Star Topology is the most common type of network topology that is used in homes and offices. In the Star Topology there is a central connection point called the hub which is a computer hub or sometimes just a switch. In a Star Network the best advantage is when there is a failure in cable then only one computer might get affected and not the entire network.
Advantages Of Star Topology
- The star topology prevents the passing of data packets through an excessive number of nodes. At most, 3 devices and 2 links are involved in any communication between any two devices.
- Each device is inherently isolated by the link that connects it to the hub. This makes the isolation of individual devices straightforward and amounts to disconnecting each device from the others. This isolation also prevents any non-centralized failure from affecting the network.
- As the central hub is the bottleneck, increasing its capacity, or connecting additional devices to it, increases the size of the network very easily. Centralization also allows the inspection of traffic through the network. This facilitates analysis of the traffic and detection of suspicious behavior.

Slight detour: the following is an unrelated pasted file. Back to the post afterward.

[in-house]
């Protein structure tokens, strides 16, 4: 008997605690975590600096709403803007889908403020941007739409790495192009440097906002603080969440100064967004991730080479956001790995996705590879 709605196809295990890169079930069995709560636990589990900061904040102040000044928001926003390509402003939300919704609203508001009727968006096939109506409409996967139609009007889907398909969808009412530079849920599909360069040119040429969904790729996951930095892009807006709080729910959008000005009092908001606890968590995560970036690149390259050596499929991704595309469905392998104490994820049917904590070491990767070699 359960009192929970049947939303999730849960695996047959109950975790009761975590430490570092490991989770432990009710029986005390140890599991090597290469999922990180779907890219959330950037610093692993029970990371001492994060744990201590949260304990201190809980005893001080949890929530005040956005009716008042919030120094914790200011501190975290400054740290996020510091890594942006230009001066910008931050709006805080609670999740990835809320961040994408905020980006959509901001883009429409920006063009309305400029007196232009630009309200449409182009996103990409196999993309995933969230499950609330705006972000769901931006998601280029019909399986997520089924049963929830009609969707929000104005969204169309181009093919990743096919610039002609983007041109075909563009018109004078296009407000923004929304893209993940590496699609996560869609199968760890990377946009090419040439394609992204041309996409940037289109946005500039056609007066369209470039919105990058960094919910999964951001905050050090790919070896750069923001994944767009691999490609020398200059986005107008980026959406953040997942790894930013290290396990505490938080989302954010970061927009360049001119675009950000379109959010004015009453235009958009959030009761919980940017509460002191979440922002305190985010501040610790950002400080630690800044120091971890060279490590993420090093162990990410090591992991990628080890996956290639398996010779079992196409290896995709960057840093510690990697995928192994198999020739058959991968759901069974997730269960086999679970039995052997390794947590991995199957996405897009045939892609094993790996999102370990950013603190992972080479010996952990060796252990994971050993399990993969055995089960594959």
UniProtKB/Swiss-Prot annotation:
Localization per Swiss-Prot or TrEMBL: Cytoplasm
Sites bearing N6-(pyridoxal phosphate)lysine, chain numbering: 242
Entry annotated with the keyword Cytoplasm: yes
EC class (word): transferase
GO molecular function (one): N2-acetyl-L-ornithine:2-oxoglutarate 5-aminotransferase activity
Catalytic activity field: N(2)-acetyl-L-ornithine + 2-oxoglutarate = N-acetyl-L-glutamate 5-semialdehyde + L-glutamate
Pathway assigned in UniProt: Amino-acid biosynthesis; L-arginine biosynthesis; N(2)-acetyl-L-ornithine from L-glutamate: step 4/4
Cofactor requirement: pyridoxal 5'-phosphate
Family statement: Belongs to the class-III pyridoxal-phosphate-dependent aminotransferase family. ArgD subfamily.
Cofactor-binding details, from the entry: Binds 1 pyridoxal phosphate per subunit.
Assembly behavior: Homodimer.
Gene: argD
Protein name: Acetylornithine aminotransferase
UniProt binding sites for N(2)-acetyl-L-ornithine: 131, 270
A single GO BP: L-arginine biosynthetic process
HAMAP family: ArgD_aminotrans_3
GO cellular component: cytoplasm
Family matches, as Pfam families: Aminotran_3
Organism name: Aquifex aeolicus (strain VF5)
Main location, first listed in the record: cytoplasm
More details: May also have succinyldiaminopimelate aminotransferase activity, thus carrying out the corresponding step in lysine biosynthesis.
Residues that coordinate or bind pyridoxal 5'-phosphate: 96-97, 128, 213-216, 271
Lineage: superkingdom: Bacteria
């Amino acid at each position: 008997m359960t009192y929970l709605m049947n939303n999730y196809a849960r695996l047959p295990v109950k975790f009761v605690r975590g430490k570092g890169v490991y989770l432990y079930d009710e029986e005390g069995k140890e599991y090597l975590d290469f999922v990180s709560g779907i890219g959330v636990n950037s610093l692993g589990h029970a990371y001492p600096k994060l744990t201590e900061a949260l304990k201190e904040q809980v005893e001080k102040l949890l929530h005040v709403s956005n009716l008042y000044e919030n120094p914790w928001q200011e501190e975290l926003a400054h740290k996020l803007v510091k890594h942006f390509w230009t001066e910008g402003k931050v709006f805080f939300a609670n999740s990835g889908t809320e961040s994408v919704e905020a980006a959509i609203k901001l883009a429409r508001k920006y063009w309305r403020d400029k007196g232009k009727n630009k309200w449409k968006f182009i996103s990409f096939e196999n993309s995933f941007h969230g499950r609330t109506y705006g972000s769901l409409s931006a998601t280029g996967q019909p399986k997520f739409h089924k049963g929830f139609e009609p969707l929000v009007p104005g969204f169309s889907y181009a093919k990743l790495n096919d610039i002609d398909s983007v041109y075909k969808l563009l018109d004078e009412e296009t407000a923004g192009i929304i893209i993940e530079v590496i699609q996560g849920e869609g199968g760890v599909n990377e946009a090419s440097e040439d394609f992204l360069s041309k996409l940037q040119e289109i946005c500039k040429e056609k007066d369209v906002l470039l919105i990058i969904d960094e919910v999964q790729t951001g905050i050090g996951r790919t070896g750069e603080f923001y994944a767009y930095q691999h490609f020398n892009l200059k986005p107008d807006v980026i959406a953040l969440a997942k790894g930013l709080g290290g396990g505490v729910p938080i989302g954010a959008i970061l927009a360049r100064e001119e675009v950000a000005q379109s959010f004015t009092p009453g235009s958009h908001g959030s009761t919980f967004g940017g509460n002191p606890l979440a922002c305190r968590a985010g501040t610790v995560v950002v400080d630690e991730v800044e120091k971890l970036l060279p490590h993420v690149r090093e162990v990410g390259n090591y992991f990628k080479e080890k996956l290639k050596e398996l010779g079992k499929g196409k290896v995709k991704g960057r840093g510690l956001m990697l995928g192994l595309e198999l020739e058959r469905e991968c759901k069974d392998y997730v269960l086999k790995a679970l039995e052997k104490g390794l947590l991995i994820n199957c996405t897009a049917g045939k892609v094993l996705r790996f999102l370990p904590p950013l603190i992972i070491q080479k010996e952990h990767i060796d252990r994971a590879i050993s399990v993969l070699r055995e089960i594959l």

- This topology is easy to understand. Its simplicity obviates the need for complex routing or message passing protocols. Also, as noted earlier, the isolation and centralization allows it to simplify fault detection, as each link or device can be probed individually.
- Easy to set up and to expand. Any non-centralized failure will have very little effect on the network, whereas on a ring network, the entire network would fail with one fault.
- Hubs and switches provide light-emitting diodes (LEDs) that provide information regarding the port status. For instance, by using the LEDs, you can determine whether there is a jabbering network card, whether there is a proper connection to the network device, and whether there are too many collisions on the network.
Disadvantages Of Star Topology
- The primary disadvantage of a star topology is the high dependence of the system on the functioning of the central hub.
- While the failure of an individual link only results in the isolation of a single node, the failure of the central hub renders the network inoperable, immediately isolating all nodes.
- The performance and scalability of the network also depend on the capabilities of the hub
- Network size is limited by the number of connections that can be made to the hub, and performance for the entire network is capped by its throughput.
- More expensive to install due to extra required hardware.
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